Last year, American poet and critic Kenneth Goldsmith wrote a treatise titled Being Dumb.
In it, Goldsmith outlined the differences between smart smart, smart dumb, and dumb dumb. Basically, smart smart is NPR and The New Yorker; smart dumb is punk rock and Samuel Beckett; dumb dumb is “rednecks and racists, football hooligans, gum-snapping marketing girls, and thick-necked office boys.”
Bracketing Goldsmith’s dips into classism and thick-neck prejudice (it’s hereditary, man), his distinctions are instructive. Smart dumb means possessing the tools of distinction and the savvy to know when to employ them. Smart dumb is cool. Smart dumb is being able to enjoy a Whopper, if not as a hamburger then at least as an idea. And in film comedy, as in life, smart dumb is the ideal. When Monty Python or Tim and Eric make a scatological joke, it’s a joke on the idea of that kind of joke.
This is not to say that A Haunted House 2, the latest comedy-horror parody film/cultural concern from writer/producer/star Marlon Wayans, is smart dumb. It’s not even dumb dumb. It’s boringly macho – from the cartoonish sex scene acrobatics to Wayans’s tendency to flex his well-honed middle-aged man bod at every turn. And racist. And sexist. And homophobic. And when it makes a scatological joke, it’s not even just a scatological joke. It’s just scatology.
A Haunted House 2 is so dreadful that it demands its own category of dumbness. There’s no way to even resuscitate it within the exalting framework of smart dumb. There’s no blinkered grad student writing a thesis called Post-Comedy and the Cinema Of Marlon Wayans. There’s no disingenuous French cinephile club that wants to mount a retrospective of Scary Movie, White Chicks and Little Man. There’s nothing to elevate, nothing to admire. Here, a penis is a “dingding,” a vagina a “box.” Even the prospect of eviscerating A Haunted House 2 as some new nadir in the ongoing Plunge of Popular Taste feels laughably pointless, like stopping on the street to sternly dress down a piece of dog plop for being precisely what it is.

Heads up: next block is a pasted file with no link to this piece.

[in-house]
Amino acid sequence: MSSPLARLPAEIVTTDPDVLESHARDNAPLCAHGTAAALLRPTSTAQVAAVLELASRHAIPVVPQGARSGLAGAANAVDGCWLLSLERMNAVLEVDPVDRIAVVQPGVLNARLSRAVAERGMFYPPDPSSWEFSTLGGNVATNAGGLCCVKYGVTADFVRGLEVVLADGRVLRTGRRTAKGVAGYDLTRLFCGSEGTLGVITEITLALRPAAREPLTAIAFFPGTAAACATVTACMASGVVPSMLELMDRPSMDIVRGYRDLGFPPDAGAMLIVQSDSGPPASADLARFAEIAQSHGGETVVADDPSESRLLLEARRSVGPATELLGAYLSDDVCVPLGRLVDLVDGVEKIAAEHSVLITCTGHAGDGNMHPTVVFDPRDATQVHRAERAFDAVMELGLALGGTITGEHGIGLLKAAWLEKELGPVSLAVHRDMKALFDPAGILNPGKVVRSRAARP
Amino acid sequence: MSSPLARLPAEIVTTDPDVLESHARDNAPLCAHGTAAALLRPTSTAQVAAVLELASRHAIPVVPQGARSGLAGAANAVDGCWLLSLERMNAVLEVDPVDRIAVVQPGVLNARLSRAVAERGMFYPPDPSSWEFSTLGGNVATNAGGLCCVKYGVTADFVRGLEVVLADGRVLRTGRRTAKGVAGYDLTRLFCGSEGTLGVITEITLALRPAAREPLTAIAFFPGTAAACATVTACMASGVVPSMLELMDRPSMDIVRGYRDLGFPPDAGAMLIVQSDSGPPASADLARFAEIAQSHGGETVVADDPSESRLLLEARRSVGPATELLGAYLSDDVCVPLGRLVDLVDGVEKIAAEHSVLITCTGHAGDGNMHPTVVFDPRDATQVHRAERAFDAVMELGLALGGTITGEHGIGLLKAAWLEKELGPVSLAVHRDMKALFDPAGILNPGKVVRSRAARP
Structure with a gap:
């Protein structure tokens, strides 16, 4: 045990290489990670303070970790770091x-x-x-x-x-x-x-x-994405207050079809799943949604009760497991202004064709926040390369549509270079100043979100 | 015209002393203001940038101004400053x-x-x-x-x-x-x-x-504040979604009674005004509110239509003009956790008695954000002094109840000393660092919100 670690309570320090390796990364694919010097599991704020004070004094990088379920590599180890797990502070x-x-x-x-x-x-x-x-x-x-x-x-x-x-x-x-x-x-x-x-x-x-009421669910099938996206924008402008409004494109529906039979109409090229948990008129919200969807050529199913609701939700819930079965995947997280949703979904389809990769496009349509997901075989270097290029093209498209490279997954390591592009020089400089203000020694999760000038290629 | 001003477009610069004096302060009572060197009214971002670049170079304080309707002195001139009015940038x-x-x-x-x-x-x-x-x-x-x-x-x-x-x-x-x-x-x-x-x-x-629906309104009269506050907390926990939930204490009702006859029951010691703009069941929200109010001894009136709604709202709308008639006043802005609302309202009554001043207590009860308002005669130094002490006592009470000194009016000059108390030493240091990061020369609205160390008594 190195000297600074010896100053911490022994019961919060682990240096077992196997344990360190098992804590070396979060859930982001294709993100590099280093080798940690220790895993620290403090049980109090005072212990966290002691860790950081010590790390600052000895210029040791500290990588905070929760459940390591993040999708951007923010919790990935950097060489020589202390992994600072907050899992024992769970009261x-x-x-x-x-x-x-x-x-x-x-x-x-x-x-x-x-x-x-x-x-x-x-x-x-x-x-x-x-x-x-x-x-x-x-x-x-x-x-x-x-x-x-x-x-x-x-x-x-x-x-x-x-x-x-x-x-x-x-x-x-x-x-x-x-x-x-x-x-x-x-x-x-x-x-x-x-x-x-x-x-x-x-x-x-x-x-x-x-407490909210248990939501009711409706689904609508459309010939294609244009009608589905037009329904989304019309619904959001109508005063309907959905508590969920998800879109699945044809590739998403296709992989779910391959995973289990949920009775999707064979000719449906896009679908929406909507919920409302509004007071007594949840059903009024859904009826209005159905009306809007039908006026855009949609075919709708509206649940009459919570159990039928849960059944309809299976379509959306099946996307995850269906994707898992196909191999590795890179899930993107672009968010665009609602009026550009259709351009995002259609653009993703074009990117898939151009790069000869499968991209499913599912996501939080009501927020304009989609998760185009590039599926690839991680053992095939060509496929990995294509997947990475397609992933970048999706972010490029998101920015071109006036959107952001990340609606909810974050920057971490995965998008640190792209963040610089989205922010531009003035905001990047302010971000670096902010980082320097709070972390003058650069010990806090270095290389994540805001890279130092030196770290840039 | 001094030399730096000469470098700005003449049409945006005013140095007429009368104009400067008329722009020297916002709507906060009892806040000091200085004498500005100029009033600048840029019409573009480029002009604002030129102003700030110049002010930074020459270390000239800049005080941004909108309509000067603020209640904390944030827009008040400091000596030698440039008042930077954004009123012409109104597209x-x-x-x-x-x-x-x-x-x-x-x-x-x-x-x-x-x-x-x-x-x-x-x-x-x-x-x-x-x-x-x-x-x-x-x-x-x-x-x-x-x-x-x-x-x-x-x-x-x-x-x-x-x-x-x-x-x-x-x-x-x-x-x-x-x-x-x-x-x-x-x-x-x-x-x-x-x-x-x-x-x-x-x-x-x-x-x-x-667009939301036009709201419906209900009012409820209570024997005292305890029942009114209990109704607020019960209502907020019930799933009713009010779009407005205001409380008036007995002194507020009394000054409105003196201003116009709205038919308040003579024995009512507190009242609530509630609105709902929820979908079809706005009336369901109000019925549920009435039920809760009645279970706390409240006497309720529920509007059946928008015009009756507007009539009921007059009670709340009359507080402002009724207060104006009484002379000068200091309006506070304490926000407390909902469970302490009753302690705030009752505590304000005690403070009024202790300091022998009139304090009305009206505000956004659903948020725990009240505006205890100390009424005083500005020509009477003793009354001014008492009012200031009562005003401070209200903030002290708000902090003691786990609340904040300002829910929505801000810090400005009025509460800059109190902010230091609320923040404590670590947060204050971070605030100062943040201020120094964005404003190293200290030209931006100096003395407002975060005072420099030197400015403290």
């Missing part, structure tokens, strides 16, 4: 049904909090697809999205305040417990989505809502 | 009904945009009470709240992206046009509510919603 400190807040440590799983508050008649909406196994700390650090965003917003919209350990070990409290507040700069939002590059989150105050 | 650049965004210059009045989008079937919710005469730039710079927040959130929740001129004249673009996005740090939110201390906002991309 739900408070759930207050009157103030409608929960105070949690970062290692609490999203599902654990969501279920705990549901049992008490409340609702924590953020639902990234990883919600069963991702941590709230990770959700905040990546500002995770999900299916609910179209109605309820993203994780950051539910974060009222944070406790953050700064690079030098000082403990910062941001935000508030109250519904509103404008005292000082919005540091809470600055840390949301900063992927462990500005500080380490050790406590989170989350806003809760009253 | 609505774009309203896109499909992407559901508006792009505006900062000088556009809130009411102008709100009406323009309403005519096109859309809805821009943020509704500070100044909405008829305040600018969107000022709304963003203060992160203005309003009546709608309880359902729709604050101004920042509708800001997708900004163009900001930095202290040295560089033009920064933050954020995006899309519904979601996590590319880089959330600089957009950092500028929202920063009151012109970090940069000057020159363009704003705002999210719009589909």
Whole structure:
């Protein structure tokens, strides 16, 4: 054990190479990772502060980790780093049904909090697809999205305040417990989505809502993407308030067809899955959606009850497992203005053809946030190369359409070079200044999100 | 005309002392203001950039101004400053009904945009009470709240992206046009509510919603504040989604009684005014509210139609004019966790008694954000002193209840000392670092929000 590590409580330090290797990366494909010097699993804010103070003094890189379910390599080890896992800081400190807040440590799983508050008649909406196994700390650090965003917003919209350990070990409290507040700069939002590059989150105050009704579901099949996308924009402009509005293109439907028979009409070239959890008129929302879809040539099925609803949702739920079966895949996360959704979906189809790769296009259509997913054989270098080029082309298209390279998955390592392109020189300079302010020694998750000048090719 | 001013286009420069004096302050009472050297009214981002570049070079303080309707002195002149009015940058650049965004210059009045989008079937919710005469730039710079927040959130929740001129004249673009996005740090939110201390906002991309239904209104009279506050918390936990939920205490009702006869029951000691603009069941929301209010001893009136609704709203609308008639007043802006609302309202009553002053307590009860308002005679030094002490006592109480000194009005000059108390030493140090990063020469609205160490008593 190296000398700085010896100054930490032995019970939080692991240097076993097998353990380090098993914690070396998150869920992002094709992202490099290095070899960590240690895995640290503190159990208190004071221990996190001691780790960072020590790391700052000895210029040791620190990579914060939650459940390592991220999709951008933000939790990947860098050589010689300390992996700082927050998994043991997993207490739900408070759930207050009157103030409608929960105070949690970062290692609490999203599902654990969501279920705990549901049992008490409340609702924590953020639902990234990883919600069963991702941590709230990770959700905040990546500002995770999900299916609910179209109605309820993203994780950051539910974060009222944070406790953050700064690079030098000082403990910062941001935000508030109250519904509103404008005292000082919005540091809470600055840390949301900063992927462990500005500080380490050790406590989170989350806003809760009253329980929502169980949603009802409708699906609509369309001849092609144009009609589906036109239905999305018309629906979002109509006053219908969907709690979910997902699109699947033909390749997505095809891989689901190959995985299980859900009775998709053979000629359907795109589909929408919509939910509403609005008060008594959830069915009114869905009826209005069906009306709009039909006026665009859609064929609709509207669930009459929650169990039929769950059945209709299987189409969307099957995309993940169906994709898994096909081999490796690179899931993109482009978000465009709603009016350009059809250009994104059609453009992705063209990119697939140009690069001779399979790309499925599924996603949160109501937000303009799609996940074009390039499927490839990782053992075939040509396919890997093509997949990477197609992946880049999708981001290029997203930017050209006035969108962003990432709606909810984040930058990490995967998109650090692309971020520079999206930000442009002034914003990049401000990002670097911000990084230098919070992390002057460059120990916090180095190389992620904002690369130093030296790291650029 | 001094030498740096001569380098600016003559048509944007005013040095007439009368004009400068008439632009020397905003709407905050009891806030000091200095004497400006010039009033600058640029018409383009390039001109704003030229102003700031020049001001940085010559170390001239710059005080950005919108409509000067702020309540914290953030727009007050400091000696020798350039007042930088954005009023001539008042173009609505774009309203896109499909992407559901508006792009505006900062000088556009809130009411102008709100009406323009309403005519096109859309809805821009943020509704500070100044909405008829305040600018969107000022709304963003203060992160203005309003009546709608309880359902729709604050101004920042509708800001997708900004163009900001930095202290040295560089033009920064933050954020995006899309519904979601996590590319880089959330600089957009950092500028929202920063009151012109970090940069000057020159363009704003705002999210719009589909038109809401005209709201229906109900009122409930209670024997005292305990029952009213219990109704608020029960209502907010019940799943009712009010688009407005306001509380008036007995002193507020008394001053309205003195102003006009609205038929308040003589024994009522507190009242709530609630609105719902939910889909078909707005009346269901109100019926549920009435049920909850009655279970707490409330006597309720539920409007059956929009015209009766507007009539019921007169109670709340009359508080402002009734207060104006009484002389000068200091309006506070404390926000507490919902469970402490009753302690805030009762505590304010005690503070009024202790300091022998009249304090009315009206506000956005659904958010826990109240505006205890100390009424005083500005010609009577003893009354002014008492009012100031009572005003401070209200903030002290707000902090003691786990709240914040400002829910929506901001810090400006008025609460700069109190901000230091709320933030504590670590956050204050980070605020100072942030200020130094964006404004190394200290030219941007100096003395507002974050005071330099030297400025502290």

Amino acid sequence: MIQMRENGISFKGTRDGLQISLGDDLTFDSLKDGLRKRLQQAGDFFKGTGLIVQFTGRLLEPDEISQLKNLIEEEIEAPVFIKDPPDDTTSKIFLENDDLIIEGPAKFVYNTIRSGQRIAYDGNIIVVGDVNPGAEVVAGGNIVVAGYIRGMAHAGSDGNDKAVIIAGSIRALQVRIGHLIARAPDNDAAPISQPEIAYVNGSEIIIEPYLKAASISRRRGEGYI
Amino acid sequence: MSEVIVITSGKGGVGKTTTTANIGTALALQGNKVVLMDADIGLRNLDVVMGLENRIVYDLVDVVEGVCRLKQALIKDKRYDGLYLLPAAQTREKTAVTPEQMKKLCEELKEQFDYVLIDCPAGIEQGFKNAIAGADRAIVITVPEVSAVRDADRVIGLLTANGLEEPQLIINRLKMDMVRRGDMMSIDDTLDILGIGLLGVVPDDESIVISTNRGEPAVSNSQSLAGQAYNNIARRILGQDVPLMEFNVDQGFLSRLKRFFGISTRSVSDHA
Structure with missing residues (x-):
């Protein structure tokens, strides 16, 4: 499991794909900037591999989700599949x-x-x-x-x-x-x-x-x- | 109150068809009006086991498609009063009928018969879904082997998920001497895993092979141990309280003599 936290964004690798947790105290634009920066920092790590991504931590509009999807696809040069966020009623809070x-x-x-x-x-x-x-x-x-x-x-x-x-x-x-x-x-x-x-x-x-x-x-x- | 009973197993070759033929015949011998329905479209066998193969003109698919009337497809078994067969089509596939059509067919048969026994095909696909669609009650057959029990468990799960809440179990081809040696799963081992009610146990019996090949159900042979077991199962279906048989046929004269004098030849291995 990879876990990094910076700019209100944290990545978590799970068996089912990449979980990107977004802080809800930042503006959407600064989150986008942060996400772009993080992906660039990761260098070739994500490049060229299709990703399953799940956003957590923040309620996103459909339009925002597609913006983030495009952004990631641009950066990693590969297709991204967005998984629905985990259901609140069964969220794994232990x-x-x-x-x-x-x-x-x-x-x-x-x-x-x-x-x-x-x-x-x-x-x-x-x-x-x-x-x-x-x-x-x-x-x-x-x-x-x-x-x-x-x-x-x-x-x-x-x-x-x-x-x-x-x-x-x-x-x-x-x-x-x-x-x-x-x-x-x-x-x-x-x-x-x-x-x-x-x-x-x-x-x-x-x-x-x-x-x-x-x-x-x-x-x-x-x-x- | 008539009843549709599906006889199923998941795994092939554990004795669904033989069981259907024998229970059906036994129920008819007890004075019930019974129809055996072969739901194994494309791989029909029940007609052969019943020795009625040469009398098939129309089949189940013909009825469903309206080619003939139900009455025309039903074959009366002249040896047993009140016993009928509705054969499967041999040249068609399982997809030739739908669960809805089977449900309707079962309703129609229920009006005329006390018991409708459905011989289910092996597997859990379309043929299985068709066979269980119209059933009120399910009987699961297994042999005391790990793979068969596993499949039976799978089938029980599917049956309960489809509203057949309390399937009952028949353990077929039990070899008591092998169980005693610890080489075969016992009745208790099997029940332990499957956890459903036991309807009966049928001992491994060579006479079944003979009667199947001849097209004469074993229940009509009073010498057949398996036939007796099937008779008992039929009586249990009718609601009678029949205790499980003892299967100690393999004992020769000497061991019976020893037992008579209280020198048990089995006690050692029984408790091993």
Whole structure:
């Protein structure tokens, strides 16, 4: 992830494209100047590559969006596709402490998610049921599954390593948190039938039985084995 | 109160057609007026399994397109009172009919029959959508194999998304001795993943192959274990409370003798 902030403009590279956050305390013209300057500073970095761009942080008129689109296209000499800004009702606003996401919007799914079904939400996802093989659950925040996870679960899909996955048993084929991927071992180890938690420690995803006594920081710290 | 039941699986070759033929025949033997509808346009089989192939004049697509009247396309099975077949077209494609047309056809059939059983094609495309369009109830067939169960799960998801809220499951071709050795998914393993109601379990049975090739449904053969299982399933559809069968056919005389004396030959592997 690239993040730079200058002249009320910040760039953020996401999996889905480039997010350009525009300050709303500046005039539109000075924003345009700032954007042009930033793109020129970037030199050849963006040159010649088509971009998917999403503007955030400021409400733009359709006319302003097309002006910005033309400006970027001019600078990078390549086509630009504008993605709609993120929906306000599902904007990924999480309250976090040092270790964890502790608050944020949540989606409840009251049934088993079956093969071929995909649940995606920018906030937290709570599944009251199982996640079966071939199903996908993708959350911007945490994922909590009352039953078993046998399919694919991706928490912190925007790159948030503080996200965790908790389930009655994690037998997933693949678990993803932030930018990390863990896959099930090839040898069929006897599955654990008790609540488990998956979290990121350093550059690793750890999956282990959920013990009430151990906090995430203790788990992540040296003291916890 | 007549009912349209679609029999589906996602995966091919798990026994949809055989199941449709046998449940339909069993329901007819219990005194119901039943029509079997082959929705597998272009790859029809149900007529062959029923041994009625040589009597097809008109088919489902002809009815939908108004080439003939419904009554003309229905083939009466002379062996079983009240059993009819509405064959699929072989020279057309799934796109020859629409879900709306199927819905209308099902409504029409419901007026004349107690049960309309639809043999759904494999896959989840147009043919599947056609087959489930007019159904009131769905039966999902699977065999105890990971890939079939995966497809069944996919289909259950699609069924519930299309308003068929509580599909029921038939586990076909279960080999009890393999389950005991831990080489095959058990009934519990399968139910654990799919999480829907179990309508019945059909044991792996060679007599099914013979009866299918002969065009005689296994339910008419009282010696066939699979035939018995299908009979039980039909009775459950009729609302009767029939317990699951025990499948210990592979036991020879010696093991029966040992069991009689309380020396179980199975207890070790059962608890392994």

Like its predecessor, A Haunted House 2 takes its cues from passably popular horror movies (The Conjuring, Paranormal Activity: The Marked Ones) and a splattering of other pop-culture bric-a-brac (Breaking Bad, the Kardashians) to broadly lampoon the culture it relies on for its punchlines. This is a film that trusts that words such as “Kanye” and “Craigslist” and “mojito” have some inherent comedic value.
When it’s not being actively and aggressively unfunny, A Haunted House 2 is overexerting itself, trying to find new ways to offend without offence. It’s basically a tightly packed pomegranate of boring vulgarity, repackaging the lamest racist caricaturing (all Mexicans are landscapers; all black men have big penises; all white women like black men because they have big penises) under the guise of “post-racial” tolerance. “It wasn’t racist until you clarified it,” Wayans’s character protests when a white exorcist unpacks his use of the term “you people.”
It’s just one example of the sort of clumsy juking and weaving A Haunted House 2 stumbles through in its blundering attempts to appear something other than straight-up racist, something slightly better than awful. Even the tastelessness, like the parody, is toothless, too scared to commit to its own dumb premises.
A Haunted House 2 is dumber than dumb dumb, which at least has the nerve to be unapologetically dumb. Worse, it’s Wayans dumb.
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